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Depression, Obesity and Overeating: Breaking the Detrimental Cycle

By HERWriter
 
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depression, obesity and overeating can form a detrimental cycle JupiterImages/Brand X Pictures/Thinkstock

It can be hard to avoid comfort food on rough days, but when eating unhealthy food becomes a long-term coping mechanism, your overall health can take a major blow.

A new study found a “vicious cycle” among obesity, depression and overeating or eating too much unhealthy food. An article on ScienceDaily explains that for people with depression, eating certain foods can temporarily relieve depression as part of a “food high.”

Eventually, when certain food is considered to be a reward and relief from depression, this behavior can lead to obesity.

Although depression can lead to eating unhealthy foods, the reverse can also happen, where eating unhealthy foods can also lead to depression and obesity.

"In addition to causing obesity, rich foods can actually cause chemical reactions in the brain in a similar way to illicit drugs, ultimately leading to depression as the 'come-downs' take their toll," said Stephanie Fulton, a lead researcher in the study, in the ScienceDaily article.

So what can we do about this hard-to-break cycle that at least some of us have experienced at this point? Experts have some suggestions.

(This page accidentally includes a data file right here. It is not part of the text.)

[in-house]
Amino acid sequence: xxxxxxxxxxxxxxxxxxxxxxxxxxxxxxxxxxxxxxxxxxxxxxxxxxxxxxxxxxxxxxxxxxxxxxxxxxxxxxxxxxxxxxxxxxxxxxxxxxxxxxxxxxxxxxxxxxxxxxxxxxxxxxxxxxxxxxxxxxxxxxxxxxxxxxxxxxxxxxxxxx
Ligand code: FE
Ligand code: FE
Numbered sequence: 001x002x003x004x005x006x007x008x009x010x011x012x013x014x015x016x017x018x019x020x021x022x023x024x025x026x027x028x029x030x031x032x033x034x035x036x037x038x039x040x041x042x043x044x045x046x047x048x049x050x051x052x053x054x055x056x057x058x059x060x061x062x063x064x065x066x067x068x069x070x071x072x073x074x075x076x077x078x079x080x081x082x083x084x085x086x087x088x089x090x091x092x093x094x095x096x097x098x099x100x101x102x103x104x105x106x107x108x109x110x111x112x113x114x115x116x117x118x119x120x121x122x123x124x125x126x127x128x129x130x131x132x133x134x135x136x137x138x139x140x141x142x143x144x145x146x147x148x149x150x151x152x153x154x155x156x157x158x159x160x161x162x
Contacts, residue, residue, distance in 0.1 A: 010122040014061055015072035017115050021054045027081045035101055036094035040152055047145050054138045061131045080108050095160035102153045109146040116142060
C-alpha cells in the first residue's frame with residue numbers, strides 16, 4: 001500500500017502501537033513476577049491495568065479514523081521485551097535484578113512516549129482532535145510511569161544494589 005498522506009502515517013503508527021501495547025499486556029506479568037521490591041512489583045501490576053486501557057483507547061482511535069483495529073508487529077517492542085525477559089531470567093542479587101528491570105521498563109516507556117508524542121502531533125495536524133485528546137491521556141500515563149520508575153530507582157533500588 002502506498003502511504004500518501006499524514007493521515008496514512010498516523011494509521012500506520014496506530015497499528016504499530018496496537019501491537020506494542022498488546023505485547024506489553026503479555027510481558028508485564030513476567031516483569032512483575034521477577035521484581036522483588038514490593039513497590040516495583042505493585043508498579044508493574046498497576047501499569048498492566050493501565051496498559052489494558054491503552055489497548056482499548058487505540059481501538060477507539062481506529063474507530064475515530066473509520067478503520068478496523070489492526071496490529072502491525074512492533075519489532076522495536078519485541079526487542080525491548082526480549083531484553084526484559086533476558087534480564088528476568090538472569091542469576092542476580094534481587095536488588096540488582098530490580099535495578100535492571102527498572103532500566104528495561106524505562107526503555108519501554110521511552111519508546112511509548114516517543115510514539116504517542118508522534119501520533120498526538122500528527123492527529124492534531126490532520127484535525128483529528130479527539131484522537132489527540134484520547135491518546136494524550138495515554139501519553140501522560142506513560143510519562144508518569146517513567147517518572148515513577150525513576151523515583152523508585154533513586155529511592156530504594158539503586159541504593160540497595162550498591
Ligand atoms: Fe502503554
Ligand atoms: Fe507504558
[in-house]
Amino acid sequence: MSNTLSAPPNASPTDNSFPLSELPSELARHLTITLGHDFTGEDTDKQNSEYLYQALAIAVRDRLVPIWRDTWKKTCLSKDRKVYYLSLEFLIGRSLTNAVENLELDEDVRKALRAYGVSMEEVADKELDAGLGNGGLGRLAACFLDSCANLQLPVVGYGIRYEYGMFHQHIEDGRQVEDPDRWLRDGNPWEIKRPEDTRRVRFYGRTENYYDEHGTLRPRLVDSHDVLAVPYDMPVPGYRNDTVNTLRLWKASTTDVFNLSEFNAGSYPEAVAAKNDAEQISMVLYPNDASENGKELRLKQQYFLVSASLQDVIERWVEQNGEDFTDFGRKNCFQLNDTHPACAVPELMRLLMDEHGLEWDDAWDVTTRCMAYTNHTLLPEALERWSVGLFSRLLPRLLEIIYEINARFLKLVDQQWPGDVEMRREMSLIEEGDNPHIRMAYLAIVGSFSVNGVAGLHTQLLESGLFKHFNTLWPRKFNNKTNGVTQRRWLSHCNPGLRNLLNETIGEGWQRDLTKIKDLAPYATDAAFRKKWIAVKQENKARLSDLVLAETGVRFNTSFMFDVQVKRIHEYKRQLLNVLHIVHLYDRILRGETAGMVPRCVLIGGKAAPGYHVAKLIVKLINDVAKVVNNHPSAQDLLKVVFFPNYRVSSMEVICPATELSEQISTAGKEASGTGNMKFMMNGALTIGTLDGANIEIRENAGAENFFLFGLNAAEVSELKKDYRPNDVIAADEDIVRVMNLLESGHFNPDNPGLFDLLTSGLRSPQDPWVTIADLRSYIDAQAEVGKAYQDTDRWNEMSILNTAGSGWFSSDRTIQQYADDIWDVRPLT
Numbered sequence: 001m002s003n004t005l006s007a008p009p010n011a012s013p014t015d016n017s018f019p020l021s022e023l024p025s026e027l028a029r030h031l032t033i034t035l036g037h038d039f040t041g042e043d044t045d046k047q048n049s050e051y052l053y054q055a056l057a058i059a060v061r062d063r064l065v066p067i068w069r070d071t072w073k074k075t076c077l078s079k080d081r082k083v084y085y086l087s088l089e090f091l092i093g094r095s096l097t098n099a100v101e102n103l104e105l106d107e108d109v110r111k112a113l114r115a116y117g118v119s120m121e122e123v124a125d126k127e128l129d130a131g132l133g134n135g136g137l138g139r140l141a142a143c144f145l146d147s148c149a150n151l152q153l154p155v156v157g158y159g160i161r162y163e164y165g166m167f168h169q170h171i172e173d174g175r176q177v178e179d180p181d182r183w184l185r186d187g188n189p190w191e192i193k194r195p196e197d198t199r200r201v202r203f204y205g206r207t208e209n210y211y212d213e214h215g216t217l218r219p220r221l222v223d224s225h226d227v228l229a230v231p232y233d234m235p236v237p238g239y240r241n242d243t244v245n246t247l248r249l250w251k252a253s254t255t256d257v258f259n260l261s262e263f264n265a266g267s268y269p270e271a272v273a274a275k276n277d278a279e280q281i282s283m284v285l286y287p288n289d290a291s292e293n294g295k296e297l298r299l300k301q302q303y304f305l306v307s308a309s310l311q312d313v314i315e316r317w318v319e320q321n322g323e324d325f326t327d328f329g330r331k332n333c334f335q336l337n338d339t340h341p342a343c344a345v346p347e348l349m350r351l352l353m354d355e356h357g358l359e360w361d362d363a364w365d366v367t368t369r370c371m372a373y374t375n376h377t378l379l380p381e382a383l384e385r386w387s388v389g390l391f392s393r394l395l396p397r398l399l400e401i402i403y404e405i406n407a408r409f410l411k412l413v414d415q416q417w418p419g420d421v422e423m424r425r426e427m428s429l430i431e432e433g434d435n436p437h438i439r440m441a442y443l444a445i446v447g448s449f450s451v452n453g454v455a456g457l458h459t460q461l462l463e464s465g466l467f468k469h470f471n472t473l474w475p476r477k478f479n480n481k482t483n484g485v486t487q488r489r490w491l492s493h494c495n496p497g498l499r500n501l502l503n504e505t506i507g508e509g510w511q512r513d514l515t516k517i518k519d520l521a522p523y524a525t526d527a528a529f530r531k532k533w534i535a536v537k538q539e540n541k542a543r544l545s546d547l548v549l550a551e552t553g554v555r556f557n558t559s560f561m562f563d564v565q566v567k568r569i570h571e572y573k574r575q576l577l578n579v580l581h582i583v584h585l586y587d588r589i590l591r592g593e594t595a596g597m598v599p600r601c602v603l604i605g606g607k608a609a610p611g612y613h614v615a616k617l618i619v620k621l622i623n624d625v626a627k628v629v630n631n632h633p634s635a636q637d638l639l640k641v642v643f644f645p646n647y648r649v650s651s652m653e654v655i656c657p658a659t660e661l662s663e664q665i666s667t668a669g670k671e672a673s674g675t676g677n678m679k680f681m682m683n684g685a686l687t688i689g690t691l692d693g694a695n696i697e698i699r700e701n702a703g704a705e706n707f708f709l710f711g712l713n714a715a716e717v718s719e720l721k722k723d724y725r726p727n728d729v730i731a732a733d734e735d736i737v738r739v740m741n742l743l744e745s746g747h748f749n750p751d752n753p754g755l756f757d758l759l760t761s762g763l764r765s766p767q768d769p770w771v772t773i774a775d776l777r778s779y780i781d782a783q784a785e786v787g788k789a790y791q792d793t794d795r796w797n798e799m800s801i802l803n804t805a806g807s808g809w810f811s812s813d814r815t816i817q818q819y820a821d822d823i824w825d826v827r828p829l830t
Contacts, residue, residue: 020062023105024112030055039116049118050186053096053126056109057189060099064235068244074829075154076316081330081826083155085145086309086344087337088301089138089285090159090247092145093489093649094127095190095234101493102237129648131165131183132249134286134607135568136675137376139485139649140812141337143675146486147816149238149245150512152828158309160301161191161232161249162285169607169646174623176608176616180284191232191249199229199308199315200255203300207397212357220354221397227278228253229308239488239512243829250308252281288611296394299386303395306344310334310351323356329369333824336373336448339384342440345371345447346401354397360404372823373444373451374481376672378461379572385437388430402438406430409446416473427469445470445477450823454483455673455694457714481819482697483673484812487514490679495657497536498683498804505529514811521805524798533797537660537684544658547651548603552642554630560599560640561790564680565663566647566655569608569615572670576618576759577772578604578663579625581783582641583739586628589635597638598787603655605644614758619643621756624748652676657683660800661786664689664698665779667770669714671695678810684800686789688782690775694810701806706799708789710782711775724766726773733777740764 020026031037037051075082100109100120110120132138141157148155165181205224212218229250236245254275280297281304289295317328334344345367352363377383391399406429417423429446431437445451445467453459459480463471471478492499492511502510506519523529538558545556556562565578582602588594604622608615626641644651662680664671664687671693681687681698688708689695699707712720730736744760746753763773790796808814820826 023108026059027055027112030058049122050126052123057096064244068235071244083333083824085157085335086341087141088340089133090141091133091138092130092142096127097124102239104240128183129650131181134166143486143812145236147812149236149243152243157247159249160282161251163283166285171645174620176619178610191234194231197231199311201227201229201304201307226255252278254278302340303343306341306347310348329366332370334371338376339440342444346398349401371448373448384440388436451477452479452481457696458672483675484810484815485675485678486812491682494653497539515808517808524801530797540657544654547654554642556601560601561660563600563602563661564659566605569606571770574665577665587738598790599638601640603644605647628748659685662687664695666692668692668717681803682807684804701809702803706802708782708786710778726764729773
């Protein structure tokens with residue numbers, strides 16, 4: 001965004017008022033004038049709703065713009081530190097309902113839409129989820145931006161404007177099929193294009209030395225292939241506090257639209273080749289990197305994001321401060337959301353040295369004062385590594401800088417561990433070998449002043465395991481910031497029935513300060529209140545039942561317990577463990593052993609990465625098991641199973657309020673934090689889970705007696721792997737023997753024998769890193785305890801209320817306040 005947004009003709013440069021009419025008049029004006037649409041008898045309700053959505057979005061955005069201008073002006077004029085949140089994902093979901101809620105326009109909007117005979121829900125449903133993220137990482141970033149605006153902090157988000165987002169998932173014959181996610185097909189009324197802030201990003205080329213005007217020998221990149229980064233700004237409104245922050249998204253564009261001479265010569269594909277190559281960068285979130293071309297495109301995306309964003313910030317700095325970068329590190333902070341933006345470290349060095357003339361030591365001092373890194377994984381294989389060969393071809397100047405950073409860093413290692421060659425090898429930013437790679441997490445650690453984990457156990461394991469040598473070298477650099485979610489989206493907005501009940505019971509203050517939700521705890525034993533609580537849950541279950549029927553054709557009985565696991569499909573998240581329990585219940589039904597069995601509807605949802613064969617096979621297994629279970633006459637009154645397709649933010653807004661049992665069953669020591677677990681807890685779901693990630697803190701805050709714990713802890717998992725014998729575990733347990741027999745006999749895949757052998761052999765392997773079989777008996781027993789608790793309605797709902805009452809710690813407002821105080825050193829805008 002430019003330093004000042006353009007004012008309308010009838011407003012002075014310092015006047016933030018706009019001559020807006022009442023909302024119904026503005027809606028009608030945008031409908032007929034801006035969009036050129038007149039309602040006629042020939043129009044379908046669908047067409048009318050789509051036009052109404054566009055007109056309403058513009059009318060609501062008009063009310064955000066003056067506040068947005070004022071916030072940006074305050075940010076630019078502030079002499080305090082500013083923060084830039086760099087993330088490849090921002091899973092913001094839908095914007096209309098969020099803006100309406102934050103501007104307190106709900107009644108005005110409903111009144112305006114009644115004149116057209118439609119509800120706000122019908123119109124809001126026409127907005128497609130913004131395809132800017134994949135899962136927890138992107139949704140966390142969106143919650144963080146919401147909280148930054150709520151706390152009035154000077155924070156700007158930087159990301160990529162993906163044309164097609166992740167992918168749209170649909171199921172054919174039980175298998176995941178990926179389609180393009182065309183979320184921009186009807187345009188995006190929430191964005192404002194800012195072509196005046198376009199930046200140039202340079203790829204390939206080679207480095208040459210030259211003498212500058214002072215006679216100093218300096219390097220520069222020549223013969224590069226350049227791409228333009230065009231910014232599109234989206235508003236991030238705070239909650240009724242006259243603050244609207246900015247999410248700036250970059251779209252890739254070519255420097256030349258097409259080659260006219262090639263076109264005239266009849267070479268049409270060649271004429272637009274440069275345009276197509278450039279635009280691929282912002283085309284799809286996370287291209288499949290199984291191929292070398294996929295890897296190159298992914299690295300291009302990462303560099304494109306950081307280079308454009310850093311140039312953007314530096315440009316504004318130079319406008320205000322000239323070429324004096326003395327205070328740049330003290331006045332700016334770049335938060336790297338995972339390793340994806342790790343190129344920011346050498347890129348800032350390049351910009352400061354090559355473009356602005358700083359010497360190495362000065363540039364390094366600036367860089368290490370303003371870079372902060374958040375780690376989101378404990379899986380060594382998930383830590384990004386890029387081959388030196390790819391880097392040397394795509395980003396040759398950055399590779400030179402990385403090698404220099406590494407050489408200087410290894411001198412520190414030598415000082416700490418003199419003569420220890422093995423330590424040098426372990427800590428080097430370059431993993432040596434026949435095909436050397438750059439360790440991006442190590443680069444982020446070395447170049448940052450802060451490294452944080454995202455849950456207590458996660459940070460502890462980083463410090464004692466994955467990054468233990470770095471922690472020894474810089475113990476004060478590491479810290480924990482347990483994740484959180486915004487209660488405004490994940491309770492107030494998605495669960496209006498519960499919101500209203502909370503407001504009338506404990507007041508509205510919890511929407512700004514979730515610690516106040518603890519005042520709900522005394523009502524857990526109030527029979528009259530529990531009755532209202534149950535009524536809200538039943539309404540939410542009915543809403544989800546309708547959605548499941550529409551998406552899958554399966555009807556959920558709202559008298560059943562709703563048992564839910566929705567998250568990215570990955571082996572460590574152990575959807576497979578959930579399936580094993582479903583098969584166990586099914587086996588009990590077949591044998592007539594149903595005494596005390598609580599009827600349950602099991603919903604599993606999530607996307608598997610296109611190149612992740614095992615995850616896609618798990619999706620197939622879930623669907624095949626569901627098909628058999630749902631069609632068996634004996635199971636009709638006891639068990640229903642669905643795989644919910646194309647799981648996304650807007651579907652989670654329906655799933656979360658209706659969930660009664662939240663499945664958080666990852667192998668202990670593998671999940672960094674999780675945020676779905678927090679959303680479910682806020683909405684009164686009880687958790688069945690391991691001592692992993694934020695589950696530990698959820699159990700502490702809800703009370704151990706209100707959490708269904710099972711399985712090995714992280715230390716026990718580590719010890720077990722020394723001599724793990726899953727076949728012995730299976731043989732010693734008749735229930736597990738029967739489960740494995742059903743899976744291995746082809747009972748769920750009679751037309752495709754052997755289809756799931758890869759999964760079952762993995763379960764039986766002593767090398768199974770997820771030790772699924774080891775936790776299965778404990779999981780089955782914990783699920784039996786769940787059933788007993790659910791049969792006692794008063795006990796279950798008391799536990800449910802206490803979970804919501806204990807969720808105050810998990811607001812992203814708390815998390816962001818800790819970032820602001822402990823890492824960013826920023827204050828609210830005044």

Karlene Karst, a registered dietician, the author of books like “Belly Fat Breakthrough,” and a head nutritionist for the product Safslim, has several tips for women who are trying to break the depression-obesity-overeating cycle.

1) “Figure out what is causing the stress/anxiety/depression in the first place. Knowing your body, taking control of your health and empowering yourself with knowledge is the key for moving forward.”

2) “Incorporate some type of activity three to five times per week. This is essential for helping our brain release ‘feel good’ hormones called serotonin, which helps to relieve symptoms of stress and anxiety. Great activities including hiking, walking, swimming, yoga (especially a gentle form called hatha), and pilates. Moving our body as often as possible will help combat both issues simultaneously, stress and weight loss.”

3) “To avoid excess snacking and over eating when you do eat, try to consume small amounts of food five to six times per day.

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EmpowHER Guest
Anonymous

The food was changed in the USA, UK and Australia 30 years ago when dangerous food chemicals from the USA was allowed into European. The food today causes stubborn insulin If you have stubborn insulin you hold fat and have a hard time losing weight. You can eat very little and the weight still does not come off. Stubborn insulin will hold fat and diets won't work. When researchers used a specialized diabetes diet on overweight people all lost weight even those who did not have diabetes.
See here http://spirithappy.org

May 30, 2012 - 11:59am
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We value and respect our HERWriters' experiences, but everyone is different. Many of our writers are speaking from personal experience, and what's worked for them may not work for you. Their articles are not a substitute for medical advice, although we hope you can gain knowledge from their insight.